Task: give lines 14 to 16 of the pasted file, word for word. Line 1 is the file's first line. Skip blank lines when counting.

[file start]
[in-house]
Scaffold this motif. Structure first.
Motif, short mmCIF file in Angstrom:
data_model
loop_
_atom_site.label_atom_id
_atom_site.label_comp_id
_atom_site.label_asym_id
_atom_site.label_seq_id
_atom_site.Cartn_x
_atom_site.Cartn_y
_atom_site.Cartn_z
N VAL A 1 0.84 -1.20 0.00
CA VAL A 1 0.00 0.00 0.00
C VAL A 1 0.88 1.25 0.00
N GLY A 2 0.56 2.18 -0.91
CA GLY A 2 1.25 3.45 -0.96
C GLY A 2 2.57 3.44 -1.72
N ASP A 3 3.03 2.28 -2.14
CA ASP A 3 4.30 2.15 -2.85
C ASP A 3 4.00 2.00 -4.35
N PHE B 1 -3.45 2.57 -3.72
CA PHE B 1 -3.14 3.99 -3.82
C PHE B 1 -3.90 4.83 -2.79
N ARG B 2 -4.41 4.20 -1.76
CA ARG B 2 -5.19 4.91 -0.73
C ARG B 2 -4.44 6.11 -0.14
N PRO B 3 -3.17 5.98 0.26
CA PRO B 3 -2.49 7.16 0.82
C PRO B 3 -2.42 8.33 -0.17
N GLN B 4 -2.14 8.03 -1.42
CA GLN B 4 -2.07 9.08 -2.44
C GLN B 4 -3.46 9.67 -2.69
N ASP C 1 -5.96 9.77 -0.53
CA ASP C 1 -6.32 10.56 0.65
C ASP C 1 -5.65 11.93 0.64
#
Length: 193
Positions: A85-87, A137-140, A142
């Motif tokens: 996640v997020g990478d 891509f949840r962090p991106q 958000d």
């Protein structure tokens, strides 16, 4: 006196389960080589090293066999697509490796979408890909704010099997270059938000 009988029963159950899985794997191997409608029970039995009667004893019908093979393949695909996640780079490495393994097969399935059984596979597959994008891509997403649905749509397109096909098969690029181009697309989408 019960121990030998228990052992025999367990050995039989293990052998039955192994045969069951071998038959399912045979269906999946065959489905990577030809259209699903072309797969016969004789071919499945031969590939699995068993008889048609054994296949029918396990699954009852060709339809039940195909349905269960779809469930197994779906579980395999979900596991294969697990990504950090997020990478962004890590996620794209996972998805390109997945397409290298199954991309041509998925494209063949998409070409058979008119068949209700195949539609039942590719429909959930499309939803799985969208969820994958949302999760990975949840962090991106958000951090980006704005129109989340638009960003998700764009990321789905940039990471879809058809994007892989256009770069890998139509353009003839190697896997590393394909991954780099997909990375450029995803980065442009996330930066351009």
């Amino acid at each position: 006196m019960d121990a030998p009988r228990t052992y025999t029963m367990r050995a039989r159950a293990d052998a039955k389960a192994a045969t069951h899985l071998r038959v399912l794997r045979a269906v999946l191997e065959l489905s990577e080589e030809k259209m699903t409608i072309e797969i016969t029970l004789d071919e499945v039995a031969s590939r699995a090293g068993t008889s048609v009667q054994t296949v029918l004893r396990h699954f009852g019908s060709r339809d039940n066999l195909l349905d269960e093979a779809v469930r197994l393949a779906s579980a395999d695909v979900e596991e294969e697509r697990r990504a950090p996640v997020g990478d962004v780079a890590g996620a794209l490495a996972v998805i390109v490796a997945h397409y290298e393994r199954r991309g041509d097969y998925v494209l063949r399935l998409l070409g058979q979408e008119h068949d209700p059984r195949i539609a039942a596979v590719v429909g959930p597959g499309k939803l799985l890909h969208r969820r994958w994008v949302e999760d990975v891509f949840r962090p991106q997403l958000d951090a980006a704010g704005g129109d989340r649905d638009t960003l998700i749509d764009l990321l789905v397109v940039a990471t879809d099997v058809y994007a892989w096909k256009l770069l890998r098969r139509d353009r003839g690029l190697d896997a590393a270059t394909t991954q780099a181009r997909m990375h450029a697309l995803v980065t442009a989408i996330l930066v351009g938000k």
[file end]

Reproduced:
CA VAL A 1 0.00 0.00 0.00
C VAL A 1 0.88 1.25 0.00
N GLY A 2 0.56 2.18 -0.91